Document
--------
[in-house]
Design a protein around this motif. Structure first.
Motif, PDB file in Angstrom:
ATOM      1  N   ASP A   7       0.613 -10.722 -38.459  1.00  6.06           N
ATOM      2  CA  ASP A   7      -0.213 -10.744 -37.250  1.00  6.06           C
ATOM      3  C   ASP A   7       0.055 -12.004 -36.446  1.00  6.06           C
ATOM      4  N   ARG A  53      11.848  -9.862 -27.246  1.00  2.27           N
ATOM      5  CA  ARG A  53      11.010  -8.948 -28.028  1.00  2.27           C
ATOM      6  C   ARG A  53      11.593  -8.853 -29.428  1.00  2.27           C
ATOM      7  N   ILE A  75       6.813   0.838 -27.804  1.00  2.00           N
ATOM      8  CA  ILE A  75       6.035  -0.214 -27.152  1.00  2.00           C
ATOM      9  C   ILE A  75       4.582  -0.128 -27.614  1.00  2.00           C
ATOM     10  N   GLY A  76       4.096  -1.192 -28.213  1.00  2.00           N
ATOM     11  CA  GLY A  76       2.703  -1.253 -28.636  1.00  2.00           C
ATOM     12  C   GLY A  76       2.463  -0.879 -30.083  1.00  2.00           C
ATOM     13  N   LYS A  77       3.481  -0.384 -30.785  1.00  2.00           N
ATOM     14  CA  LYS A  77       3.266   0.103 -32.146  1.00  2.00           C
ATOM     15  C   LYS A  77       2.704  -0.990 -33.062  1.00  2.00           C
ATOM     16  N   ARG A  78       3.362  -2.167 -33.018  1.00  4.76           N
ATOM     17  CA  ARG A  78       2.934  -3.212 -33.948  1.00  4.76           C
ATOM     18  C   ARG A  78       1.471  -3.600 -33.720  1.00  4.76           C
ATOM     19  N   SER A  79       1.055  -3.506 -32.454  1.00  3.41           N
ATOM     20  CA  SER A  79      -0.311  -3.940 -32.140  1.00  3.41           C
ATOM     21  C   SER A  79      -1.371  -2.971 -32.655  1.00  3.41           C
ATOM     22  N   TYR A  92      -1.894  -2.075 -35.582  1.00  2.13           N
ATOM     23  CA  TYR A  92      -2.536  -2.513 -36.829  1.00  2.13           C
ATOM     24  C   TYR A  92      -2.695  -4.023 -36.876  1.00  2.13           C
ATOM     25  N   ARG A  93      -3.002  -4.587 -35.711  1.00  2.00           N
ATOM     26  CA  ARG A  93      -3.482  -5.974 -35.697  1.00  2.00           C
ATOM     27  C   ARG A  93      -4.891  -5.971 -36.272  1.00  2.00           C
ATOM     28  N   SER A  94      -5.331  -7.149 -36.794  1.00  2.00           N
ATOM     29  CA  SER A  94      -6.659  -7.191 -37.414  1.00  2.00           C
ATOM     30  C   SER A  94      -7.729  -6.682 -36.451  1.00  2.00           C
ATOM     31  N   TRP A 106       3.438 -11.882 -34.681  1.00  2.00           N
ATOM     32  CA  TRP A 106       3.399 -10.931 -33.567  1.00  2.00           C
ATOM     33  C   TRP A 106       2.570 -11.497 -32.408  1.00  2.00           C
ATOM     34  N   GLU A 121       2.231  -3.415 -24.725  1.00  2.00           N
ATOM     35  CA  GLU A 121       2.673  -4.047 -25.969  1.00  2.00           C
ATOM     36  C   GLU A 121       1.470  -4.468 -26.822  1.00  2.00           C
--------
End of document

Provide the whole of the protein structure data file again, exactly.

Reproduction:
[in-house]
Design a protein around this motif. Structure first.
Motif, PDB file in Angstrom:
ATOM      1  N   ASP A   7       0.613 -10.722 -38.459  1.00  6.06           N
ATOM      2  CA  ASP A   7      -0.213 -10.744 -37.250  1.00  6.06           C
ATOM      3  C   ASP A   7       0.055 -12.004 -36.446  1.00  6.06           C
ATOM      4  N   ARG A  53      11.848  -9.862 -27.246  1.00  2.27           N
ATOM      5  CA  ARG A  53      11.010  -8.948 -28.028  1.00  2.27           C
ATOM      6  C   ARG A  53      11.593  -8.853 -29.428  1.00  2.27           C
ATOM      7  N   ILE A  75       6.813   0.838 -27.804  1.00  2.00           N
ATOM      8  CA  ILE A  75       6.035  -0.214 -27.152  1.00  2.00           C
ATOM      9  C   ILE A  75       4.582  -0.128 -27.614  1.00  2.00           C
ATOM     10  N   GLY A  76       4.096  -1.192 -28.213  1.00  2.00           N
ATOM     11  CA  GLY A  76       2.703  -1.253 -28.636  1.00  2.00           C
ATOM     12  C   GLY A  76       2.463  -0.879 -30.083  1.00  2.00           C
ATOM     13  N   LYS A  77       3.481  -0.384 -30.785  1.00  2.00           N
ATOM     14  CA  LYS A  77       3.266   0.103 -32.146  1.00  2.00           C
ATOM     15  C   LYS A  77       2.704  -0.990 -33.062  1.00  2.00           C
ATOM     16  N   ARG A  78       3.362  -2.167 -33.018  1.00  4.76           N
ATOM     17  CA  ARG A  78       2.934  -3.212 -33.948  1.00  4.76           C
ATOM     18  C   ARG A  78       1.471  -3.600 -33.720  1.00  4.76           C
ATOM     19  N   SER A  79       1.055  -3.506 -32.454  1.00  3.41           N
ATOM     20  CA  SER A  79      -0.311  -3.940 -32.140  1.00  3.41           C
ATOM     21  C   SER A  79      -1.371  -2.971 -32.655  1.00  3.41           C
ATOM     22  N   TYR A  92      -1.894  -2.075 -35.582  1.00  2.13           N
ATOM     23  CA  TYR A  92      -2.536  -2.513 -36.829  1.00  2.13           C
ATOM     24  C   TYR A  92      -2.695  -4.023 -36.876  1.00  2.13           C
ATOM     25  N   ARG A  93      -3.002  -4.587 -35.711  1.00  2.00           N
ATOM     26  CA  ARG A  93      -3.482  -5.974 -35.697  1.00  2.00           C
ATOM     27  C   ARG A  93      -4.891  -5.971 -36.272  1.00  2.00           C
ATOM     28  N   SER A  94      -5.331  -7.149 -36.794  1.00  2.00           N
ATOM     29  CA  SER A  94      -6.659  -7.191 -37.414  1.00  2.00           C
ATOM     30  C   SER A  94      -7.729  -6.682 -36.451  1.00  2.00           C
ATOM     31  N   TRP A 106       3.438 -11.882 -34.681  1.00  2.00           N
ATOM     32  CA  TRP A 106       3.399 -10.931 -33.567  1.00  2.00           C
ATOM     33  C   TRP A 106       2.570 -11.497 -32.408  1.00  2.00           C
ATOM     34  N   GLU A 121       2.231  -3.415 -24.725  1.00  2.00           N
ATOM     35  CA  GLU A 121       2.673  -4.047 -25.969  1.00  2.00           C
ATOM     36  C   GLU A 121       1.470  -4.468 -26.822  1.00  2.00           C